The threat of climate breakdown is existential, and local government has jurisdiction over some significant drivers of climate change. California’s biggest source of greenhouse gas emissions is the transportation sector, with private auto use as the largest contributor, and transitioning to electric cars is not enough to meet the state’s goals.
At the same time, our transportation system does not meet our needs. Traffic was terrible before the pandemic and the trend for some to work from home more has not made it better. Focusing on a safer, more equitable, and more useful transportation system will help us meet our climate goals, improve the quality of our local environment, and improve our lives.
As with many of our challenges and opportunities, both the environment and our transportation system are regional issues. I propose regional solutions and know how to make them happen.
During Alex’s first term, Culver City:
Actions and Tools for Our Future:
- Enforce the City’s ordinance and end neighborhood oil drilling forever in Culver City while ensuring a just transition for fossil fuel workers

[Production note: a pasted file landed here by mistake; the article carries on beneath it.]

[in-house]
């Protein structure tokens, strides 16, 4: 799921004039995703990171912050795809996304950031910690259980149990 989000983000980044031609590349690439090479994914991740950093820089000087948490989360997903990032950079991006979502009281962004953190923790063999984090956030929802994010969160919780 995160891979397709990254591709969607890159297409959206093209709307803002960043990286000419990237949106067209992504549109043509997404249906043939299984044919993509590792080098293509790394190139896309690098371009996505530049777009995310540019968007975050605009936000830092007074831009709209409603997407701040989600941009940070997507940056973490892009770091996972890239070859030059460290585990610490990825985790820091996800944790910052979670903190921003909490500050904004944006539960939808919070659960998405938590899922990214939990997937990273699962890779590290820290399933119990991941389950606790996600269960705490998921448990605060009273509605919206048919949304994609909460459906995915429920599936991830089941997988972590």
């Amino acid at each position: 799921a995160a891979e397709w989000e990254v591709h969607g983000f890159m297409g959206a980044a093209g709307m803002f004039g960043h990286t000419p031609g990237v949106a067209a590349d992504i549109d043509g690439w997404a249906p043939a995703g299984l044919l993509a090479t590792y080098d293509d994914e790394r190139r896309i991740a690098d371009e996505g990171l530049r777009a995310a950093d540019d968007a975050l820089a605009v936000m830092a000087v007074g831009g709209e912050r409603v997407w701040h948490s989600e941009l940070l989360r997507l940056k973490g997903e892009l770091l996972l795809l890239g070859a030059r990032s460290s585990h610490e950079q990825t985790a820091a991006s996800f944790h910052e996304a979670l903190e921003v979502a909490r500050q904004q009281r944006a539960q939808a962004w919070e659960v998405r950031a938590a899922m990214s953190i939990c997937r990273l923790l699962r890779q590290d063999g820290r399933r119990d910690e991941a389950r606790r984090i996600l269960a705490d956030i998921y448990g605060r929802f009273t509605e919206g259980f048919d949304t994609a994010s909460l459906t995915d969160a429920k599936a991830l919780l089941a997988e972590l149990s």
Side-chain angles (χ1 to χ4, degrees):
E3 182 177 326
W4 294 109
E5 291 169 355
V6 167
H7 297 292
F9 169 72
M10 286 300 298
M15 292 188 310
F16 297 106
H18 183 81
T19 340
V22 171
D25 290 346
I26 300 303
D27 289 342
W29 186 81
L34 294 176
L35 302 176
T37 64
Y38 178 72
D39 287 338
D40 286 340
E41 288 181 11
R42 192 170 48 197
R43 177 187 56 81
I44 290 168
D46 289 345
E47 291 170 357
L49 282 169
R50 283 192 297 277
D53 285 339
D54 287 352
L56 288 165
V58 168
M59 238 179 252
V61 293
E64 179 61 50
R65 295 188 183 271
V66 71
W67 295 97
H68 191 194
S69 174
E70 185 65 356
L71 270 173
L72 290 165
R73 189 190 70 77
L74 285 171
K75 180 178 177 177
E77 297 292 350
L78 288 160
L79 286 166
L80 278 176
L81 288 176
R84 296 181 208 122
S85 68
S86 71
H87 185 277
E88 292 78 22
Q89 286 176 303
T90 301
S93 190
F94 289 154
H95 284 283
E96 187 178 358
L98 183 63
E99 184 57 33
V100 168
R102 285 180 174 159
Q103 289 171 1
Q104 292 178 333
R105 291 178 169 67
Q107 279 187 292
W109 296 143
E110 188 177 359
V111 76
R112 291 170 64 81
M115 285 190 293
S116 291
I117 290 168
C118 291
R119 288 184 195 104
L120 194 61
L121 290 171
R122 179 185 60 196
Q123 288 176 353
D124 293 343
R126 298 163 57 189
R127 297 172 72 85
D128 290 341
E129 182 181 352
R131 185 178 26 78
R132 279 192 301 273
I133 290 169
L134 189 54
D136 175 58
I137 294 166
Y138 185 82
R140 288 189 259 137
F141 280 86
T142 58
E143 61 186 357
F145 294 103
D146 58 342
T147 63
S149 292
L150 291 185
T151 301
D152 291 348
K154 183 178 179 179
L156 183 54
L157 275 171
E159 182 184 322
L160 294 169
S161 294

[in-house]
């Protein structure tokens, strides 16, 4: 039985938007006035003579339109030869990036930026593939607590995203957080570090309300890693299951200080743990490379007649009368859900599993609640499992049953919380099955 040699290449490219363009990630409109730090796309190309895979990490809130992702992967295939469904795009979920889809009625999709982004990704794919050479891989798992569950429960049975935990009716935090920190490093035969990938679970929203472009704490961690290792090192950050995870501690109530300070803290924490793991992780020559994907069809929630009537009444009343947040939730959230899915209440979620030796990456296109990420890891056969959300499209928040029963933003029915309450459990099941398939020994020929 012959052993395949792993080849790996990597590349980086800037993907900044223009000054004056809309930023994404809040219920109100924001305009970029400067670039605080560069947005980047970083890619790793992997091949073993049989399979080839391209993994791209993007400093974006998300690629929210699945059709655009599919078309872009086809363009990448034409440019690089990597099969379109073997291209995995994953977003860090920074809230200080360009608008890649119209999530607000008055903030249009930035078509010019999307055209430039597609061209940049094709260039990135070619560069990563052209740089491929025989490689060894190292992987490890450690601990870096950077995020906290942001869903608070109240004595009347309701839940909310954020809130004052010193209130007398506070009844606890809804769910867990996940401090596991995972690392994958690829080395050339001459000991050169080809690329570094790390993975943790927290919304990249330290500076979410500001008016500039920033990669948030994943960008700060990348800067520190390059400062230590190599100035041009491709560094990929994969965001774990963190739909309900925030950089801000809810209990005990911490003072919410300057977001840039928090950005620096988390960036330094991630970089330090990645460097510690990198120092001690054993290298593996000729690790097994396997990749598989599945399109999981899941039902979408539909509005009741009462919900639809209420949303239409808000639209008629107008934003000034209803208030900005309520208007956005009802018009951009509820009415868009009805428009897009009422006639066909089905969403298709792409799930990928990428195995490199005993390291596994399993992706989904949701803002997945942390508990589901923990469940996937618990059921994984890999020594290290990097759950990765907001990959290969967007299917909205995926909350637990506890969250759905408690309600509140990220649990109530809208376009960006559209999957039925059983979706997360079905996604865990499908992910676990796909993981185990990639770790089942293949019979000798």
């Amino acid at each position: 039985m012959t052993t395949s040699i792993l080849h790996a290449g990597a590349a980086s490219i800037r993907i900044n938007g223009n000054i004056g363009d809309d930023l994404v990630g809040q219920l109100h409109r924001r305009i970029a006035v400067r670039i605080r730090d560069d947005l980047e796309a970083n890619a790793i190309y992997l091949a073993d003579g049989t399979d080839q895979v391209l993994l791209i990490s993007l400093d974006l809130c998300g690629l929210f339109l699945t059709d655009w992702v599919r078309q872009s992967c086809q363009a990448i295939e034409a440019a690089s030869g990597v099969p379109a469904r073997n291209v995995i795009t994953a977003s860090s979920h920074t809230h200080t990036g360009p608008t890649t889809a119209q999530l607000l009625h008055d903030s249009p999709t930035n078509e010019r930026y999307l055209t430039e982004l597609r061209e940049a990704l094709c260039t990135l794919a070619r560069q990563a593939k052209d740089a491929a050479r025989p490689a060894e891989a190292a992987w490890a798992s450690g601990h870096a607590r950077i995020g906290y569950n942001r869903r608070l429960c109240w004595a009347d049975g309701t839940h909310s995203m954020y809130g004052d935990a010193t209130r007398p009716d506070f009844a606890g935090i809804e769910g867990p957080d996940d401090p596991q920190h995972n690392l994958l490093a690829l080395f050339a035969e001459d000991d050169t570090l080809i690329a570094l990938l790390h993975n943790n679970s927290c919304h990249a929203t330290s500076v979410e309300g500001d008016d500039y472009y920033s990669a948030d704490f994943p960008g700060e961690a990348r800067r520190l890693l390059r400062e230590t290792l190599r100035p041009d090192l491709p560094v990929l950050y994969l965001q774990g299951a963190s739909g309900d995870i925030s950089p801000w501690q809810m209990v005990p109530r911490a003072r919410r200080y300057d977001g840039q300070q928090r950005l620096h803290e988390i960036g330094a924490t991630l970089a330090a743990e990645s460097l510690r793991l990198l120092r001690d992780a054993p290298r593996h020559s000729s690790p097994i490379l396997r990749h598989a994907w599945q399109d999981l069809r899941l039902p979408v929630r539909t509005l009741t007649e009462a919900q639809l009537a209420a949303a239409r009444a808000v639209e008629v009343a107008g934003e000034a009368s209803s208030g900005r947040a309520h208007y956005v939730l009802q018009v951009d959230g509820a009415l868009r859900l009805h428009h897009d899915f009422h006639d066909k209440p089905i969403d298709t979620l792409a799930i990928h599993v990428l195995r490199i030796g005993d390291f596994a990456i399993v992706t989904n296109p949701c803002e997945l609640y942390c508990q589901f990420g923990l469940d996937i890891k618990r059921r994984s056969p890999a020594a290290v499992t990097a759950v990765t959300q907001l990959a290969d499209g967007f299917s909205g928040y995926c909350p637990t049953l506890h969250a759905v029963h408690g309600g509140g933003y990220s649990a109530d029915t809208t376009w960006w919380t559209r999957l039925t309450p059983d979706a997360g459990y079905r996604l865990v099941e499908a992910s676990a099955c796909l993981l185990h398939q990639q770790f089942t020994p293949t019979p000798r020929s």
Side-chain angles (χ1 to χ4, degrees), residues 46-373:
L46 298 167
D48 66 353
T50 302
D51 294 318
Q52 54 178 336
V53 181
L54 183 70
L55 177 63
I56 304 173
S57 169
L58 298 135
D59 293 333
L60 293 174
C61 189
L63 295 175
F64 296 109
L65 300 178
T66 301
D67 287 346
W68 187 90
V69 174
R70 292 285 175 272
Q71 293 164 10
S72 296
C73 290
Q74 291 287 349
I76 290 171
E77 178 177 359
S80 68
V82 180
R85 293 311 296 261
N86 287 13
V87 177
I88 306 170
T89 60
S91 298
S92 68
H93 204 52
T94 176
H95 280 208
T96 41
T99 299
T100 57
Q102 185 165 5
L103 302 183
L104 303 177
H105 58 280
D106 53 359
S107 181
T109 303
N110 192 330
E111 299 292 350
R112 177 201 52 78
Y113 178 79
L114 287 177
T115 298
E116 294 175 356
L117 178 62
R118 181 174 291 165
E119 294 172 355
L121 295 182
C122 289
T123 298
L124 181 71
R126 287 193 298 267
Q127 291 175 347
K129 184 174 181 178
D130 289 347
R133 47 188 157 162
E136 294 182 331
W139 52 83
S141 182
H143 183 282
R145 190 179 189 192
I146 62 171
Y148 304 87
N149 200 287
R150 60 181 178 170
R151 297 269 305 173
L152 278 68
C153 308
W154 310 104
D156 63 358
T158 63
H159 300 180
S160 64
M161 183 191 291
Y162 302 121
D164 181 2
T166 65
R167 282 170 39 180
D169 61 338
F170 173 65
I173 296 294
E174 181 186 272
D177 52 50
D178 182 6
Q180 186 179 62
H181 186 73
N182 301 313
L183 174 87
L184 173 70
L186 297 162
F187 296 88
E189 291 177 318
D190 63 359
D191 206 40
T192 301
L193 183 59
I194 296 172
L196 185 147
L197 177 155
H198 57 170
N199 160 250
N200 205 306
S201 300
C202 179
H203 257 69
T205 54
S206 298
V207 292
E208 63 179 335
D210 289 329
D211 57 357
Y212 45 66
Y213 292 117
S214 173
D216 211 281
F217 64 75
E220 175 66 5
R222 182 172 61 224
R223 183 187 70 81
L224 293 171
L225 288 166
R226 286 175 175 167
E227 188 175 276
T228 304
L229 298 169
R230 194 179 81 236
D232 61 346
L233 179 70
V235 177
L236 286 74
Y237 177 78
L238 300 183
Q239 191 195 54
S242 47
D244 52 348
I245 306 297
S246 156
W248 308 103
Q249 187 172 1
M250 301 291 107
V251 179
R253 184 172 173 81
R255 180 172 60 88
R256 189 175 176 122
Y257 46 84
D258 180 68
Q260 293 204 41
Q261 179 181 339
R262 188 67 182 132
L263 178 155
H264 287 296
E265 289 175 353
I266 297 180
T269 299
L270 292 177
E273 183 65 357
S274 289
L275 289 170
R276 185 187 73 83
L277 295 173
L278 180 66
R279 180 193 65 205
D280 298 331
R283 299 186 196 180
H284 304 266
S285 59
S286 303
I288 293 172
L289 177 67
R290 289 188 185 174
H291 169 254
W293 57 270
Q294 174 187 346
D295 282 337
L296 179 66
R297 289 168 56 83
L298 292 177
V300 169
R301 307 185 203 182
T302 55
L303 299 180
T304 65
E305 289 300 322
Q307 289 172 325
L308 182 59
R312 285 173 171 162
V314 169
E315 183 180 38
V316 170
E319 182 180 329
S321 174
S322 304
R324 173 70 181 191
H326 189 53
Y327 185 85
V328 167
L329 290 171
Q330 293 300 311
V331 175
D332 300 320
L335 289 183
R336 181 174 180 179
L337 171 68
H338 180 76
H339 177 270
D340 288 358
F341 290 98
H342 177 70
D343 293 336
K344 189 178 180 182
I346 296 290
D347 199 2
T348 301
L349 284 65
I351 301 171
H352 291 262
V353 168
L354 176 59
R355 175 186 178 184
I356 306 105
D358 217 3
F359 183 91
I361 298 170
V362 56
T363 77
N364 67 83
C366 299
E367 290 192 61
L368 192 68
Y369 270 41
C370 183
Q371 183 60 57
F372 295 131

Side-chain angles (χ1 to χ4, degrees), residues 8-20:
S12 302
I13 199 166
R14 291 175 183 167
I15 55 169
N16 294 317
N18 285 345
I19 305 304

- Complete the City’s green building code and adopt worldwide best practices to move toward inexpensive and energy-efficient passivhaus building standards
- Leverage existing local leadership and regional relationships to maximize the federal, state, and regional investment in Culver City’s transportation infrastructure
- Enhance the Neighborhood Transportation Management Program to protect all neighborhoods from fast, aggressive, cut-through traffic
- Ensure that our streets are safe, convenient, and comfortable for all users, including pedestrians, the mobility-impaired, bicycle riders, motorists, and transit riders of all ages
- Complete the implementation of traffic demand management strategies to ease rush hour traffic
- Continue free transit for students and expand Safe Routes to Schools to increase the number of CCUSD students who get themselves to and from school
- Create opportunities for residents to propose and implement their own “tactical urbanism” projects to inexpensively and flexibly solve safety and traffic problems
- Collaborate with Metro and the Southern California Council of Governments to connect Culver City to LA2028–the transformative regional mobility network that will dramatically expand our entire region’s transportation options and reduce our greenhouse gas emissions in time for the Olympics
- Prepare the City for the impacts of climate change by planting more trees, creating resilient microgrids with locally-generated electricity powering cooling centers and essential city services, investing in stormwater capture and reuse, and helping residents prepare for extreme heat and wildfire smoke